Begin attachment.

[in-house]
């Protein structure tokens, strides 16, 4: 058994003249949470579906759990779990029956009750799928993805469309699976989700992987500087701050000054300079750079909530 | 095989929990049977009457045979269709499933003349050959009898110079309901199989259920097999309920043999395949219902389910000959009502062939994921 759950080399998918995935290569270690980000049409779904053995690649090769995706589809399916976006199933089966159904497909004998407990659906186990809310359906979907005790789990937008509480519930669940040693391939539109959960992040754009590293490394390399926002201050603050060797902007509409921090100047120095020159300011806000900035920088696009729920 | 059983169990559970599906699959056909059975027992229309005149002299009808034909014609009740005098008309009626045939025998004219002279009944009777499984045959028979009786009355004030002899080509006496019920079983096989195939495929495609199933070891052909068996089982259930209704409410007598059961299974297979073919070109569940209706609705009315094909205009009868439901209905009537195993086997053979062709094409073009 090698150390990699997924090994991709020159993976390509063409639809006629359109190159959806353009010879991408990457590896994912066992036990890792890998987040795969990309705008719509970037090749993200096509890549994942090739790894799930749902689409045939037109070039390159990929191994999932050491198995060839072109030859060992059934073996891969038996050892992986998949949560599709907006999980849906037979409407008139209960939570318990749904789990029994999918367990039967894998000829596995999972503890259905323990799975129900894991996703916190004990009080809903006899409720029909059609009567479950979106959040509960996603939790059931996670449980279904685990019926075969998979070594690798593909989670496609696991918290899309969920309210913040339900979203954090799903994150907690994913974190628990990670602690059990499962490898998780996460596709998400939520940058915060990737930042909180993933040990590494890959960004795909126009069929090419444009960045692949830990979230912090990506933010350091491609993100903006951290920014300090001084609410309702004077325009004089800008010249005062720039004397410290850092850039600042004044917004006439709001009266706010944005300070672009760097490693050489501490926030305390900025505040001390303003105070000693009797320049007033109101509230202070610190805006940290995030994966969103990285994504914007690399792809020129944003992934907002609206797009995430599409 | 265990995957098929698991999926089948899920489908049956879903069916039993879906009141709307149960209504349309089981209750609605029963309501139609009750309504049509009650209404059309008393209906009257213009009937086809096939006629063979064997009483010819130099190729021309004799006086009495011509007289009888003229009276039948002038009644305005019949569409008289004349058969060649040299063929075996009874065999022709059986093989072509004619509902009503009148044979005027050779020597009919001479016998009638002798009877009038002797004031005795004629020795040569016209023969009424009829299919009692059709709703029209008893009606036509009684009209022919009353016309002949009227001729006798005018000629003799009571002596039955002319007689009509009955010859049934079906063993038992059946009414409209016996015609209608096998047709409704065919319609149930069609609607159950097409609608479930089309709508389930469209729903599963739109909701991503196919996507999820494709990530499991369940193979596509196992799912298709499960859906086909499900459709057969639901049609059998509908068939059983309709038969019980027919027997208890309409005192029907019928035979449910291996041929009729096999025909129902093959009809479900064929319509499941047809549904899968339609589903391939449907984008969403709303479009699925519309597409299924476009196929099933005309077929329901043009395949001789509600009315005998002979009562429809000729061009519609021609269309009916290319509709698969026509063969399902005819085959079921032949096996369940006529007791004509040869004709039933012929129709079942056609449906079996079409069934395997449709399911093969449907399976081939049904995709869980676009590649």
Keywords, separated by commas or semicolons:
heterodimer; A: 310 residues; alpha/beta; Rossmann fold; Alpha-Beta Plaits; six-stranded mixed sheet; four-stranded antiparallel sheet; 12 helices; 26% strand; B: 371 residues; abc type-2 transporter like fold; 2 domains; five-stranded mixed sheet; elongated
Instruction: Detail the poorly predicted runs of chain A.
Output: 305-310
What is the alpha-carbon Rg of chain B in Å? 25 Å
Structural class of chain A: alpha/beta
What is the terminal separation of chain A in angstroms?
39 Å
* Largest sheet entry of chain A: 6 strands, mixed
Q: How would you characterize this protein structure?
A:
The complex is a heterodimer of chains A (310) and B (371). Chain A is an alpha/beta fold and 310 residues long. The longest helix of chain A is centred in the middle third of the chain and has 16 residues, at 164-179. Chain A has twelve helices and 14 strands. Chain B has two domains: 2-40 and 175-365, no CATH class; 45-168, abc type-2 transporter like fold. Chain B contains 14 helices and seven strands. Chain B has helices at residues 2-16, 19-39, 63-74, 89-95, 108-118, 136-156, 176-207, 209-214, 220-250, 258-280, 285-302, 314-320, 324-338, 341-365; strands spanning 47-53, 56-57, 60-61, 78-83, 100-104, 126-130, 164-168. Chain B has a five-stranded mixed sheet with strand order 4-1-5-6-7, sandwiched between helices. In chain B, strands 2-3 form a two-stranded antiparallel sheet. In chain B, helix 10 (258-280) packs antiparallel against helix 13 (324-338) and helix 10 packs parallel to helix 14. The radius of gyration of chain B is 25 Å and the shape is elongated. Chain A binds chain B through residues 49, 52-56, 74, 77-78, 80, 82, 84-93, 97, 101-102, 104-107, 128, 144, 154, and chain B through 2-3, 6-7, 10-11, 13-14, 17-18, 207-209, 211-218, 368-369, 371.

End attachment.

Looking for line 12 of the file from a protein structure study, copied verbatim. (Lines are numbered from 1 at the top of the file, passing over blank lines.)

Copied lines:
Q: How would you characterize this protein structure?